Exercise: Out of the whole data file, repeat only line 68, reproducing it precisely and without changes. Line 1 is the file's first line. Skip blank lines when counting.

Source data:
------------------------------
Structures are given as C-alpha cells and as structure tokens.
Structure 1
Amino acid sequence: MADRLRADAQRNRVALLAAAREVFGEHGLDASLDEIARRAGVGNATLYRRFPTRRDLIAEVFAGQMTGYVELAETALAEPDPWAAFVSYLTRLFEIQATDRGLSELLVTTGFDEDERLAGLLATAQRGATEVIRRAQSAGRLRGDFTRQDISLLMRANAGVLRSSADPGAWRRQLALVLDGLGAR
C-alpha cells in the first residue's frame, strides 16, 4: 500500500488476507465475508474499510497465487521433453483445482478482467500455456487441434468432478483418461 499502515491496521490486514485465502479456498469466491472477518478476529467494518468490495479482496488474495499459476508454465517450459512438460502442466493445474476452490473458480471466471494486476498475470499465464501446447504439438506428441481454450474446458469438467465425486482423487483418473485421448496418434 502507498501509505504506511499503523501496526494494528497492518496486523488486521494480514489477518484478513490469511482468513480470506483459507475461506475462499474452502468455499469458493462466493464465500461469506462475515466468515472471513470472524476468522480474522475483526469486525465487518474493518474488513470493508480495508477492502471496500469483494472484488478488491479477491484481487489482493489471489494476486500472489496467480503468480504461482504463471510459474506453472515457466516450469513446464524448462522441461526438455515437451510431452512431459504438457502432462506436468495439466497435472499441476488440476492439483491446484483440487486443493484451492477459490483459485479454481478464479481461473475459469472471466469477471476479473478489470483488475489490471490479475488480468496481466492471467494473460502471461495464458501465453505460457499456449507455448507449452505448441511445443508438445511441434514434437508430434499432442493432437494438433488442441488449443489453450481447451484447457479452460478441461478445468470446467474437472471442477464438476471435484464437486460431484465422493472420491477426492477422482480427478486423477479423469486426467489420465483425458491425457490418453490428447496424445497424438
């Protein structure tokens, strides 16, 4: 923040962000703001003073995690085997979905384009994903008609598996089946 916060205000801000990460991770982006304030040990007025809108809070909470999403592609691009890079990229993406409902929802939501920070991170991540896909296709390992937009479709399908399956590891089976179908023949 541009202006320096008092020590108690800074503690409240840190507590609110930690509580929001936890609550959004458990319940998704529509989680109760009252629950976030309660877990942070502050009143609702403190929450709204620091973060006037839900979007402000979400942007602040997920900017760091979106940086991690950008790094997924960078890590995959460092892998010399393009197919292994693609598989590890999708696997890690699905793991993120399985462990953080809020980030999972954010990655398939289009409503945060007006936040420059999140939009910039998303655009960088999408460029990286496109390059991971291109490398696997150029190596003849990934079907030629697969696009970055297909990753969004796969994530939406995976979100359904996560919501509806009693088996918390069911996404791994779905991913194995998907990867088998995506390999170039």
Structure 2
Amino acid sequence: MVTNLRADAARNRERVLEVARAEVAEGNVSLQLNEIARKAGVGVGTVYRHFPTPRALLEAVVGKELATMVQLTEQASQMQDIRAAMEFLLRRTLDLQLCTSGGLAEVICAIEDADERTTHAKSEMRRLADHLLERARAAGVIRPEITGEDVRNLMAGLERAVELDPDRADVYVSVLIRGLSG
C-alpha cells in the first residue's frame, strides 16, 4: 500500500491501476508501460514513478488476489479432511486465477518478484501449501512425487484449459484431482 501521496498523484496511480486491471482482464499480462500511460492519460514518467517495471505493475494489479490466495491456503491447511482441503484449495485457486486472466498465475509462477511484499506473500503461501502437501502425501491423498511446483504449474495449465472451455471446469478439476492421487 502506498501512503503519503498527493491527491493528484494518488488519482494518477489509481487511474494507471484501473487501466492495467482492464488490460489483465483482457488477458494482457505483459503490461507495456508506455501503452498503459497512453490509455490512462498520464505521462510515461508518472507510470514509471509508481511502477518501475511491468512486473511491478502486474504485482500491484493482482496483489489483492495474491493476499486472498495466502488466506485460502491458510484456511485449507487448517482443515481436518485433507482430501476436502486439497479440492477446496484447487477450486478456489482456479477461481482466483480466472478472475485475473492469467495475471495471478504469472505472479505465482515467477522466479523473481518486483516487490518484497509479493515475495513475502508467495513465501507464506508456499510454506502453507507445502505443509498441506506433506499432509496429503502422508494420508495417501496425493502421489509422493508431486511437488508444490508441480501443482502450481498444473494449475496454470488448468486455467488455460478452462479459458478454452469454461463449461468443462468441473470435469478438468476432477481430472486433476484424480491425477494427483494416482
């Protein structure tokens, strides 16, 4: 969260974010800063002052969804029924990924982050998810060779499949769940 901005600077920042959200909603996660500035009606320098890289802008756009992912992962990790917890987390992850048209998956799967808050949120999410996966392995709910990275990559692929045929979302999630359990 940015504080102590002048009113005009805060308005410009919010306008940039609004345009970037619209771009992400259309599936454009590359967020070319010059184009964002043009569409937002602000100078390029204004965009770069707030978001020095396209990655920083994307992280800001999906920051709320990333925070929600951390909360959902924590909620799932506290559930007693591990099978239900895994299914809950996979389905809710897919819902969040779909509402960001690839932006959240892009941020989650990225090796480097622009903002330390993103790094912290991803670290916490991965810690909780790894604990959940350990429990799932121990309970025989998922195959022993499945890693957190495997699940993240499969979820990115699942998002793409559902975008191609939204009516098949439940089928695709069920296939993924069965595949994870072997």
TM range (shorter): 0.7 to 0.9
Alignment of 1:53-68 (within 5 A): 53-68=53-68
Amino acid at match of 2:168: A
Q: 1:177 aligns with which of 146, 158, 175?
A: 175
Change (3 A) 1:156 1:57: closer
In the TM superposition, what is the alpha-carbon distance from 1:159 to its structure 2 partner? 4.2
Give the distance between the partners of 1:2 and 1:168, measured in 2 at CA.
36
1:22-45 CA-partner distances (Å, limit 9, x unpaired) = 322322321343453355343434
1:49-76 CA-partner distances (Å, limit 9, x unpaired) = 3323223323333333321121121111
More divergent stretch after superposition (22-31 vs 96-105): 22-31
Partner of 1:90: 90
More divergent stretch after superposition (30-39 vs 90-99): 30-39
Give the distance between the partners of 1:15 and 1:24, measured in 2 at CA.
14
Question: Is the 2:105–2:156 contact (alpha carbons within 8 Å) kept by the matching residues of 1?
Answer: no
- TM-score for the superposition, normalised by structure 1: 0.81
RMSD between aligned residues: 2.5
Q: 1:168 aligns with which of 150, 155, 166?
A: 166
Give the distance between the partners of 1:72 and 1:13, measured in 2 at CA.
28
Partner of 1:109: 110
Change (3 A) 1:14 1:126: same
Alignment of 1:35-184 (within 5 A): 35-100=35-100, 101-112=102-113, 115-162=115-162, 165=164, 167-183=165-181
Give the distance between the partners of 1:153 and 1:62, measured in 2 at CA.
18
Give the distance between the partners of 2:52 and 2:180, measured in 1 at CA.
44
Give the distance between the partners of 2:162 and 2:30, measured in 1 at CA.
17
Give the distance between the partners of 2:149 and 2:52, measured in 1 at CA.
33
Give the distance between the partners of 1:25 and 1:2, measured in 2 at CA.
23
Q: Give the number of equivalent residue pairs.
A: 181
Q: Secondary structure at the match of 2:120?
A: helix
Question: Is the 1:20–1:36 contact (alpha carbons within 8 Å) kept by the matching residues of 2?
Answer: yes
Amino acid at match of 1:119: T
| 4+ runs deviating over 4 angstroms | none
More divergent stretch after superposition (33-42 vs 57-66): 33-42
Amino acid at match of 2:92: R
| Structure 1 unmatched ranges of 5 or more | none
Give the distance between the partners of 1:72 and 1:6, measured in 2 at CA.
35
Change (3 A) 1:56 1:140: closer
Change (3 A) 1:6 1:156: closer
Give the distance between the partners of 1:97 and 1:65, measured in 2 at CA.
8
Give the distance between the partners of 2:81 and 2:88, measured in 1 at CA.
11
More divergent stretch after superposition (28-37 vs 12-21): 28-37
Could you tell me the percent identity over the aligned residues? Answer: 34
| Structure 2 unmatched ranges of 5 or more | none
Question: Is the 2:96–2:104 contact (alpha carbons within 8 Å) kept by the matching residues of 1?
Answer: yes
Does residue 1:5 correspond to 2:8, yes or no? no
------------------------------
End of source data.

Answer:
| Structure 2 unmatched ranges of 5 or more | none